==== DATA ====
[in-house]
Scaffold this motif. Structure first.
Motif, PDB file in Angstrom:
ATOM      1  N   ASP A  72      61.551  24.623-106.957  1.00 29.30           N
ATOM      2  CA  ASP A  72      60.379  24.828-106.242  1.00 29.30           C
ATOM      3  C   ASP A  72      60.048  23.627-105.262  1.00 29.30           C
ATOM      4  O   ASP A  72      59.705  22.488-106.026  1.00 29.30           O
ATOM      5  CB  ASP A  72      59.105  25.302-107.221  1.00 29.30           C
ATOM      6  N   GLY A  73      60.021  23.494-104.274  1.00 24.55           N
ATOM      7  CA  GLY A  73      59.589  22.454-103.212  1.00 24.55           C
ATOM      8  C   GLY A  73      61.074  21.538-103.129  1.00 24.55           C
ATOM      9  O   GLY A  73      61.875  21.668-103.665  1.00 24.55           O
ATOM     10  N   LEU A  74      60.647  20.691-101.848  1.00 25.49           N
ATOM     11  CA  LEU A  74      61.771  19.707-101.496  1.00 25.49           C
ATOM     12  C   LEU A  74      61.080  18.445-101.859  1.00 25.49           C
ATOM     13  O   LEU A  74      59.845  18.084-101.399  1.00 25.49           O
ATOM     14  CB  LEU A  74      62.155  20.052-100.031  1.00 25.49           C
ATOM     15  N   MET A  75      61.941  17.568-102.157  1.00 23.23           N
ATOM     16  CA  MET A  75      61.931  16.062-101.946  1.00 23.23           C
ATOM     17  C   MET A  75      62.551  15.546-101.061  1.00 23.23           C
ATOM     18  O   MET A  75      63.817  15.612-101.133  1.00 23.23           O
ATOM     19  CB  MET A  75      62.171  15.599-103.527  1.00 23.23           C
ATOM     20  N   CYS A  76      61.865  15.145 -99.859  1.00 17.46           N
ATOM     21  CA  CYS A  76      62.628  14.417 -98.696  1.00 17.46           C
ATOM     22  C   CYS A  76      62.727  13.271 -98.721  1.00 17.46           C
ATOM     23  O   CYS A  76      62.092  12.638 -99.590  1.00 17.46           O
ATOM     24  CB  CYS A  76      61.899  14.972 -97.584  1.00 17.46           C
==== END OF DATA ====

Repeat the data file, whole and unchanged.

[in-house]
Scaffold this motif. Structure first.
Motif, PDB file in Angstrom:
ATOM      1  N   ASP A  72      61.551  24.623-106.957  1.00 29.30           N
ATOM      2  CA  ASP A  72      60.379  24.828-106.242  1.00 29.30           C
ATOM      3  C   ASP A  72      60.048  23.627-105.262  1.00 29.30           C
ATOM      4  O   ASP A  72      59.705  22.488-106.026  1.00 29.30           O
ATOM      5  CB  ASP A  72      59.105  25.302-107.221  1.00 29.30           C
ATOM      6  N   GLY A  73      60.021  23.494-104.274  1.00 24.55           N
ATOM      7  CA  GLY A  73      59.589  22.454-103.212  1.00 24.55           C
ATOM      8  C   GLY A  73      61.074  21.538-103.129  1.00 24.55           C
ATOM      9  O   GLY A  73      61.875  21.668-103.665  1.00 24.55           O
ATOM     10  N   LEU A  74      60.647  20.691-101.848  1.00 25.49           N
ATOM     11  CA  LEU A  74      61.771  19.707-101.496  1.00 25.49           C
ATOM     12  C   LEU A  74      61.080  18.445-101.859  1.00 25.49           C
ATOM     13  O   LEU A  74      59.845  18.084-101.399  1.00 25.49           O
ATOM     14  CB  LEU A  74      62.155  20.052-100.031  1.00 25.49           C
ATOM     15  N   MET A  75      61.941  17.568-102.157  1.00 23.23           N
ATOM     16  CA  MET A  75      61.931  16.062-101.946  1.00 23.23           C
ATOM     17  C   MET A  75      62.551  15.546-101.061  1.00 23.23           C
ATOM     18  O   MET A  75      63.817  15.612-101.133  1.00 23.23           O
ATOM     19  CB  MET A  75      62.171  15.599-103.527  1.00 23.23           C
ATOM     20  N   CYS A  76      61.865  15.145 -99.859  1.00 17.46           N
ATOM     21  CA  CYS A  76      62.628  14.417 -98.696  1.00 17.46           C
ATOM     22  C   CYS A  76      62.727  13.271 -98.721  1.00 17.46           C
ATOM     23  O   CYS A  76      62.092  12.638 -99.590  1.00 17.46           O
ATOM     24  CB  CYS A  76      61.899  14.972 -97.584  1.00 17.46           C